banking code

In a statement released on Thursday, the Australian Banking Association said the changes reflected “the fact that the COVID-19 pandemic may temporarily affect the provision of banking services”.

The changes related to the timelines for customer communication outlined in several provisions of the banking code of practice, as well as banks’ obligations to engage in a “fair, reasonable and ethical manner” when dealing with small business customers.

They specified that banks may not be able to meet their obligations around a number of communication promises to stakeholders, including promptly informing individuals who had guaranteed a loan that the borrower was in financial trouble or default.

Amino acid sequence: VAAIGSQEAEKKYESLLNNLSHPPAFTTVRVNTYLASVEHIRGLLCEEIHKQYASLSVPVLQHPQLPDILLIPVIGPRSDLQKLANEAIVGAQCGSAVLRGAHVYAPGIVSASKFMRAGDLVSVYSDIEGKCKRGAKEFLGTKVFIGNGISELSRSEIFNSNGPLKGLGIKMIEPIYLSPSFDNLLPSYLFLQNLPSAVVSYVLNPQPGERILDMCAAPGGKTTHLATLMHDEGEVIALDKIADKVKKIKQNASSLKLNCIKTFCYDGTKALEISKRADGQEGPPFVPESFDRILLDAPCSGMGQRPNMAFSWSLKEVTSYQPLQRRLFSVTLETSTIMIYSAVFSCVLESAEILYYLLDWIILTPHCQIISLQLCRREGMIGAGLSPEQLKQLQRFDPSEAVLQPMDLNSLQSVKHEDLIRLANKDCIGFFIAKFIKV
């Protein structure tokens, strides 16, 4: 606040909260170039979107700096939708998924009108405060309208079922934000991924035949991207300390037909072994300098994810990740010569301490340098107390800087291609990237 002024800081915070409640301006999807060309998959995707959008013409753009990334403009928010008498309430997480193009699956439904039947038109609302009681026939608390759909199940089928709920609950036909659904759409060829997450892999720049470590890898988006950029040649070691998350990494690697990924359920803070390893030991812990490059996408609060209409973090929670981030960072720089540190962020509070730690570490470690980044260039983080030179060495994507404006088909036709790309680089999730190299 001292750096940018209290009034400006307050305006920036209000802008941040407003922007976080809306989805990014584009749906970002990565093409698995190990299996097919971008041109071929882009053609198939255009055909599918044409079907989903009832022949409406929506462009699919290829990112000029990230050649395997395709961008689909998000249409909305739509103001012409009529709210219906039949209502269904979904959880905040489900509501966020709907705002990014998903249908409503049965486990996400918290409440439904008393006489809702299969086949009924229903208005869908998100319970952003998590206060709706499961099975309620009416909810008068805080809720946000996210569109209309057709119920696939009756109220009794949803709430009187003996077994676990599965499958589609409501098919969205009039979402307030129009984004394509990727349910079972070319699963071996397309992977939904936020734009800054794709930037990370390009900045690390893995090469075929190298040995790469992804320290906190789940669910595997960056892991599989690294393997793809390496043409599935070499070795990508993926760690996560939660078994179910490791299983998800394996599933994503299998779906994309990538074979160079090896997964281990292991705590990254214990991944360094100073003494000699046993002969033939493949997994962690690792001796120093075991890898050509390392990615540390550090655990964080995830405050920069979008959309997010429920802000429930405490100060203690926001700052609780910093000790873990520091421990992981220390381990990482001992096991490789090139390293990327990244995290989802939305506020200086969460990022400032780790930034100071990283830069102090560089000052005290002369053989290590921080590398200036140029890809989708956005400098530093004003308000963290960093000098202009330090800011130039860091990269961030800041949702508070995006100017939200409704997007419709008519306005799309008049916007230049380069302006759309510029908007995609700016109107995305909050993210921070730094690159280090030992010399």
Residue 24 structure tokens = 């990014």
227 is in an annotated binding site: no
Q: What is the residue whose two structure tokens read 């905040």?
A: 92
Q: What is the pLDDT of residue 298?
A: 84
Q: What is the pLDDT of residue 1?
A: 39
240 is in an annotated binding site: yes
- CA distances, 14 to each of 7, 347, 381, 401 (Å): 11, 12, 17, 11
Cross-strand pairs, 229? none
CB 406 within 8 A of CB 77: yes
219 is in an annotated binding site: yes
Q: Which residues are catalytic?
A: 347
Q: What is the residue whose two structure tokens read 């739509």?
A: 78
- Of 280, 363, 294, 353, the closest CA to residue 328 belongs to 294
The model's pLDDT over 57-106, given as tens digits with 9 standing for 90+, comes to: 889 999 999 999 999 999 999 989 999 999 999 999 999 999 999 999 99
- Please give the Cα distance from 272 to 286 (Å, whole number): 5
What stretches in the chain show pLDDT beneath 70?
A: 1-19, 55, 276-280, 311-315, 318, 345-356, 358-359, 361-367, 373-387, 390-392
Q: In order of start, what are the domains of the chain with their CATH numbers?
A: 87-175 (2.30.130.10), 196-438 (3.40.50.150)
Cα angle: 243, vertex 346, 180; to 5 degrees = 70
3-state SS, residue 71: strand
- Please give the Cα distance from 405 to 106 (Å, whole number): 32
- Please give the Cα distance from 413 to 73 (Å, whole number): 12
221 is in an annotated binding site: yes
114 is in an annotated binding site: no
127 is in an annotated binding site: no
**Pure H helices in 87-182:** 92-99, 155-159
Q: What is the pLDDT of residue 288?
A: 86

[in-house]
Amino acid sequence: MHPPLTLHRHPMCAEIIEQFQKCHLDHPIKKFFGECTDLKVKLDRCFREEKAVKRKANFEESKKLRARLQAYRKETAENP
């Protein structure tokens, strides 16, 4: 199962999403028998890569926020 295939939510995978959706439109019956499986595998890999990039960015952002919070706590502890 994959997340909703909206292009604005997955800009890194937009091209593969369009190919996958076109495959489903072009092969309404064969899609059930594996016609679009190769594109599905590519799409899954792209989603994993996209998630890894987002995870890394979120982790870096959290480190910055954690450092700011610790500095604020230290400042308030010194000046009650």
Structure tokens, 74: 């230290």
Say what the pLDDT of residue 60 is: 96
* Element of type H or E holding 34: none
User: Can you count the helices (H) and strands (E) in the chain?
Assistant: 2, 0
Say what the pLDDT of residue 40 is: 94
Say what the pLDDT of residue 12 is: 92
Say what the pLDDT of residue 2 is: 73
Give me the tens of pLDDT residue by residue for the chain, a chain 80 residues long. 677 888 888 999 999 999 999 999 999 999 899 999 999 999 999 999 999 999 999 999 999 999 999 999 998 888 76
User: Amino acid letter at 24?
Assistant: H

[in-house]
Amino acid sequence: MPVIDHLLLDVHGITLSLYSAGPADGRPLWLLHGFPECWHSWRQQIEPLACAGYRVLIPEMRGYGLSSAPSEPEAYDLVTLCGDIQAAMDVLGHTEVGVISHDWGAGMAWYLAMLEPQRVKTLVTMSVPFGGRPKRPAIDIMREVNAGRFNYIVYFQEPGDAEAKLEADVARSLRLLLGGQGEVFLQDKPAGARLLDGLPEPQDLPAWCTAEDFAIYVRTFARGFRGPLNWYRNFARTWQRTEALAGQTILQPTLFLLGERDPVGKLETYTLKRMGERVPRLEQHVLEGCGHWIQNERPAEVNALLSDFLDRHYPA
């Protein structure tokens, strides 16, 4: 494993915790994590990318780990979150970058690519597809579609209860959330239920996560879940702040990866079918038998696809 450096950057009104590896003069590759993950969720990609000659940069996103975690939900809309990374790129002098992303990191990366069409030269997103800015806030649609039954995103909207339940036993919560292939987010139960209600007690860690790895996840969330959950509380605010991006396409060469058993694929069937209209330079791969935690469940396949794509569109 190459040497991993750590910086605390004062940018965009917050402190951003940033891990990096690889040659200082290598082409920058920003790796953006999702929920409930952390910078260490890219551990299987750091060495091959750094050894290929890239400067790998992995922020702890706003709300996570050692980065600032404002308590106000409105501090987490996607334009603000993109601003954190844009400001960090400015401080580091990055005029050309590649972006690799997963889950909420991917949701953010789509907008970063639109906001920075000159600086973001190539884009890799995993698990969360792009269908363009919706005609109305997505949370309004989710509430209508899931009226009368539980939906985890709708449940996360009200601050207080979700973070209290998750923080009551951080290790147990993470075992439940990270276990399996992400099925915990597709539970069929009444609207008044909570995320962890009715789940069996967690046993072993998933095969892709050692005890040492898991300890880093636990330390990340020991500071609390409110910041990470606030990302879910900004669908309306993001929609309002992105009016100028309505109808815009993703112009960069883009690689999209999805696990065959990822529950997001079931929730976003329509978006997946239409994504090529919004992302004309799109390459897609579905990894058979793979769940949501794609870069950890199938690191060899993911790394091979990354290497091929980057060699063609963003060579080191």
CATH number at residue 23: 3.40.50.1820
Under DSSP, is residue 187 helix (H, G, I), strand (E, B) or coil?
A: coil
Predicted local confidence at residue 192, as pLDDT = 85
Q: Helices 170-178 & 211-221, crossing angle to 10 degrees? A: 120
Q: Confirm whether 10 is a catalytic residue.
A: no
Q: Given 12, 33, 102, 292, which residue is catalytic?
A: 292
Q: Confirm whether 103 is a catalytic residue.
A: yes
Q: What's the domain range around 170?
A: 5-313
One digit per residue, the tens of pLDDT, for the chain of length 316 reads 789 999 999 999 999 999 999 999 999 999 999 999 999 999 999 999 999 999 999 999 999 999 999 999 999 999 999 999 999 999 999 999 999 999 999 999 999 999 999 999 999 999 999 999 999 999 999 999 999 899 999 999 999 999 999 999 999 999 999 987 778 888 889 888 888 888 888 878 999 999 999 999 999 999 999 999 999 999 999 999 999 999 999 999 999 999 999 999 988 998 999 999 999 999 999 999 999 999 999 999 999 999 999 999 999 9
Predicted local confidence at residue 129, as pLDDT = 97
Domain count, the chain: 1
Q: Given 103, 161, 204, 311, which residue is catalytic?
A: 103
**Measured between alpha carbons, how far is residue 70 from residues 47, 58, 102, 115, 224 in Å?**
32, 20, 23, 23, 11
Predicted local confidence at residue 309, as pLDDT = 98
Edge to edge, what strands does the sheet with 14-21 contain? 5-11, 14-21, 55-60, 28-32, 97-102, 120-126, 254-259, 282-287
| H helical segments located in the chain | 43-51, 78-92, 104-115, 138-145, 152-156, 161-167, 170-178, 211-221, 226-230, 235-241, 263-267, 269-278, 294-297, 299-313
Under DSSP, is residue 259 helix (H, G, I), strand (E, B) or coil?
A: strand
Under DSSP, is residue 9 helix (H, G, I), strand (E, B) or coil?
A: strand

The changes also provided extensions to banks’ obligations to provide consumers with their own documents if requested, to respond promptly to consumers’ requests to discuss their financial difficulties, and to keep consumers informed about delays in internal dispute resolution if they had made a complaint.

“Under the temporary changes, the substantive obligations remain in place but non-compliance with the specified times will not constitute a breach of the code, if banks are making good faith efforts to comply,” the ABA said.

ASIC had approved the changes to the code by making a legislative instrument to insert a special note into the code in its original form.

The temporary provisions in the code would last until 1 March 2021, ASIC said.

The code was originally approved by ASIC in December 2019 and came into force in March 2020.